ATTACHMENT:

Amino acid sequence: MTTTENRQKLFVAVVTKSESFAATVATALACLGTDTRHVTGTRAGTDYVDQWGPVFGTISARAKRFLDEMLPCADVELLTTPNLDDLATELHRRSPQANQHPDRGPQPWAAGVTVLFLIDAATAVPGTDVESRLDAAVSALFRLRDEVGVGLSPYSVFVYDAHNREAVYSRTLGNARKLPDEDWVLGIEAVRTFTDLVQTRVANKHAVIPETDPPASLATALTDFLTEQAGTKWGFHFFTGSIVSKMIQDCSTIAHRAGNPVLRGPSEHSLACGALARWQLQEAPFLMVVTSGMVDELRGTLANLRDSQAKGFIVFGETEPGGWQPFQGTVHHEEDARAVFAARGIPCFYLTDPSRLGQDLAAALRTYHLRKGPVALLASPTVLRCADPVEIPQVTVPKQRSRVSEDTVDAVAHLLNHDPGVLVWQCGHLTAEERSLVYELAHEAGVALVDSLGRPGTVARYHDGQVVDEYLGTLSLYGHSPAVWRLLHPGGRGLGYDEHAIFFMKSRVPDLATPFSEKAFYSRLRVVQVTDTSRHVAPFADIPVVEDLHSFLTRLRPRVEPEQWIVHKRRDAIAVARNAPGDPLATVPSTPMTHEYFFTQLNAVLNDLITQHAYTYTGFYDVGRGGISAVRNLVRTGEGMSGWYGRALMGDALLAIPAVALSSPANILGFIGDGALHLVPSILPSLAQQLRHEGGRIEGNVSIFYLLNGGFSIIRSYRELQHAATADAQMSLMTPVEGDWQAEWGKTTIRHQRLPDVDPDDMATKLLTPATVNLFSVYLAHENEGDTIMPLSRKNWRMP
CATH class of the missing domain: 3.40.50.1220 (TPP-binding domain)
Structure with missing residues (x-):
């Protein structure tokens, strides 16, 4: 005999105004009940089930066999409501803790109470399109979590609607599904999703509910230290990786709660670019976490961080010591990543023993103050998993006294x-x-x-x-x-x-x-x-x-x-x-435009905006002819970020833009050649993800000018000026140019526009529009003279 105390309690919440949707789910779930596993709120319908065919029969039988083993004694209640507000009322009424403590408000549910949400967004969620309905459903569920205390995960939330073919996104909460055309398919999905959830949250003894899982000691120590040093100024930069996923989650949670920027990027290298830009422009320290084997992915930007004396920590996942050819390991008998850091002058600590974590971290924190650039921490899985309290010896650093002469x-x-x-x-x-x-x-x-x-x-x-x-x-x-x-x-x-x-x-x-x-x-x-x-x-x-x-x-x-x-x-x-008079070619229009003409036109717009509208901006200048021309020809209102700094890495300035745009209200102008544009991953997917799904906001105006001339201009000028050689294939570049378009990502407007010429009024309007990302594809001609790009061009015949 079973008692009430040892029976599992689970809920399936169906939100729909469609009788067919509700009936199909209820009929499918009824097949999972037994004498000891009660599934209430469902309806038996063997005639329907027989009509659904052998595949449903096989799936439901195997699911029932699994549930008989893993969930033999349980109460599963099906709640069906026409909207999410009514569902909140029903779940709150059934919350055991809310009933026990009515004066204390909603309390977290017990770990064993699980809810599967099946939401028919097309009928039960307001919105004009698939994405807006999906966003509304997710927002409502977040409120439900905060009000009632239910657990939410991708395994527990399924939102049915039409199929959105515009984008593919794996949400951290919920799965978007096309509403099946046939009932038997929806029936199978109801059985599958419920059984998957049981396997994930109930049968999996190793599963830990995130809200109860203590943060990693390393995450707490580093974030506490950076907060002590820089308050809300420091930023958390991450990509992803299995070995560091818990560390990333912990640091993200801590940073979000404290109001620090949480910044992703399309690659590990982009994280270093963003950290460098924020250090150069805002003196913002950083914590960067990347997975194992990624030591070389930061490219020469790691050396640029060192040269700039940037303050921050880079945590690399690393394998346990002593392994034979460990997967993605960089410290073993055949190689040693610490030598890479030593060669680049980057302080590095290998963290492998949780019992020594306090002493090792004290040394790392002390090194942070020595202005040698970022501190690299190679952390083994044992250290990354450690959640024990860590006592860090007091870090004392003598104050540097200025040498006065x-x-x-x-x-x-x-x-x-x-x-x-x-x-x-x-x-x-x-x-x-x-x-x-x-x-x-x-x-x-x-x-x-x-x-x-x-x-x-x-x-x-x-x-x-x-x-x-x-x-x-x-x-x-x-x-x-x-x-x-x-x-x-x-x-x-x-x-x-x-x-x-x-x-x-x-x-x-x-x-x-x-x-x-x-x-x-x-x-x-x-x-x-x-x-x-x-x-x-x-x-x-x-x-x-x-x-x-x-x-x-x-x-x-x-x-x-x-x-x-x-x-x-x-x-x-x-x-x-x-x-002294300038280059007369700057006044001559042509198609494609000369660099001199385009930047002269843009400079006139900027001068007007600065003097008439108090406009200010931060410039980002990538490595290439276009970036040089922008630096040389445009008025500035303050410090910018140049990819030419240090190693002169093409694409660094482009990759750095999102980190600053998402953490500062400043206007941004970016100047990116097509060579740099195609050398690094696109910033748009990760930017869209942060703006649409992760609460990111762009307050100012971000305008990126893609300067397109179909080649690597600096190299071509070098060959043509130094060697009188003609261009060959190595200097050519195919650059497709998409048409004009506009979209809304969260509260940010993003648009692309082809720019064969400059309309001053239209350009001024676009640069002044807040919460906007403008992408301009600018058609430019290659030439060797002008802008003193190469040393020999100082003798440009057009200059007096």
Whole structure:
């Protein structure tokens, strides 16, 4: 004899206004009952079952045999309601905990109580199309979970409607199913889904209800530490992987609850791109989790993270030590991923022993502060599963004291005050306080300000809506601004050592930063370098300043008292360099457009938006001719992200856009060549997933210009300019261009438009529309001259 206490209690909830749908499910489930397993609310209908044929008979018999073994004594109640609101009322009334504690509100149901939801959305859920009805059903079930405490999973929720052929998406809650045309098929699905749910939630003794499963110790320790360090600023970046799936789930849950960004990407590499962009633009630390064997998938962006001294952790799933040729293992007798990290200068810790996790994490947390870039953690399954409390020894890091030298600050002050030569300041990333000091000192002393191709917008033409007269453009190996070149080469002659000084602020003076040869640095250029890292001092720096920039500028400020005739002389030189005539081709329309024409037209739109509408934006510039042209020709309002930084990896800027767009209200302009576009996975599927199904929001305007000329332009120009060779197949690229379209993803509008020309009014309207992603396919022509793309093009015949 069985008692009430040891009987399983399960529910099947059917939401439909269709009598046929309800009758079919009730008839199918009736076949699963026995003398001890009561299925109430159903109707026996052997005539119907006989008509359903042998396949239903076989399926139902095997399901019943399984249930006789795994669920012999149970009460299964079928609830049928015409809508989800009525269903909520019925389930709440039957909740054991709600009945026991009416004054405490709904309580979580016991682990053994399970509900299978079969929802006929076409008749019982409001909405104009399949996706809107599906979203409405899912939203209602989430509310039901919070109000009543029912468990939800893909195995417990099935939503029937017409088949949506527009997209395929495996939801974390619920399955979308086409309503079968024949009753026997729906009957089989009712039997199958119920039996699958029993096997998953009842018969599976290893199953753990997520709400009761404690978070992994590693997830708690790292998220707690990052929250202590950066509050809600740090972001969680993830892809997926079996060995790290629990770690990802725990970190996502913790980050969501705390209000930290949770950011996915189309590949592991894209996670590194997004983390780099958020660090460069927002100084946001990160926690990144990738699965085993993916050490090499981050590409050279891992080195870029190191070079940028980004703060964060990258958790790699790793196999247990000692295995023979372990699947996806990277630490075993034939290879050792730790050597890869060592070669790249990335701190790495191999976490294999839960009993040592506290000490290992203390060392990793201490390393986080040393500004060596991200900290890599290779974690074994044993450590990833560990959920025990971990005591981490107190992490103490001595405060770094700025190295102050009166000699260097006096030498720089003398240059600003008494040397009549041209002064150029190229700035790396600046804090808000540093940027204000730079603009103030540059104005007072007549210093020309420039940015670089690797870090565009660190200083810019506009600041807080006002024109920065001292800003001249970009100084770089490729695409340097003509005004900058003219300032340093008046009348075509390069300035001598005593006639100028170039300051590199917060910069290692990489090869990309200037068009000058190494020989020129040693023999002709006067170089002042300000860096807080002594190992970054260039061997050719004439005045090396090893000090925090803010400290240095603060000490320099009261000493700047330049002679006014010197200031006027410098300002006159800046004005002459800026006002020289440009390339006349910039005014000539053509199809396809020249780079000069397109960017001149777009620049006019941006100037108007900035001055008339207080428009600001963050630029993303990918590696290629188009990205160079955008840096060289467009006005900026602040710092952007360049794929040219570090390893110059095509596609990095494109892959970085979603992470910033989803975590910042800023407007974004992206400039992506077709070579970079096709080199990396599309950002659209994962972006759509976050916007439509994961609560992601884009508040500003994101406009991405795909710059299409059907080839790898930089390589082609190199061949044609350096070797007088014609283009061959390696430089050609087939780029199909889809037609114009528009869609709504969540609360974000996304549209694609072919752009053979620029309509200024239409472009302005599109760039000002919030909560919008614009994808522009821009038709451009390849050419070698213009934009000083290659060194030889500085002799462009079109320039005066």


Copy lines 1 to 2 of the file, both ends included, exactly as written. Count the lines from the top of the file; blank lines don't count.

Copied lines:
Amino acid sequence: MTTTENRQKLFVAVVTKSESFAATVATALACLGTDTRHVTGTRAGTDYVDQWGPVFGTISARAKRFLDEMLPCADVELLTTPNLDDLATELHRRSPQANQHPDRGPQPWAAGVTVLFLIDAATAVPGTDVESRLDAAVSALFRLRDEVGVGLSPYSVFVYDAHNREAVYSRTLGNARKLPDEDWVLGIEAVRTFTDLVQTRVANKHAVIPETDPPASLATALTDFLTEQAGTKWGFHFFTGSIVSKMIQDCSTIAHRAGNPVLRGPSEHSLACGALARWQLQEAPFLMVVTSGMVDELRGTLANLRDSQAKGFIVFGETEPGGWQPFQGTVHHEEDARAVFAARGIPCFYLTDPSRLGQDLAAALRTYHLRKGPVALLASPTVLRCADPVEIPQVTVPKQRSRVSEDTVDAVAHLLNHDPGVLVWQCGHLTAEERSLVYELAHEAGVALVDSLGRPGTVARYHDGQVVDEYLGTLSLYGHSPAVWRLLHPGGRGLGYDEHAIFFMKSRVPDLATPFSEKAFYSRLRVVQVTDTSRHVAPFADIPVVEDLHSFLTRLRPRVEPEQWIVHKRRDAIAVARNAPGDPLATVPSTPMTHEYFFTQLNAVLNDLITQHAYTYTGFYDVGRGGISAVRNLVRTGEGMSGWYGRALMGDALLAIPAVALSSPANILGFIGDGALHLVPSILPSLAQQLRHEGGRIEGNVSIFYLLNGGFSIIRSYRELQHAATADAQMSLMTPVEGDWQAEWGKTTIRHQRLPDVDPDDMATKLLTPATVNLFSVYLAHENEGDTIMPLSRKNWRMP
CATH class of the missing domain: 3.40.50.1220 (TPP-binding domain)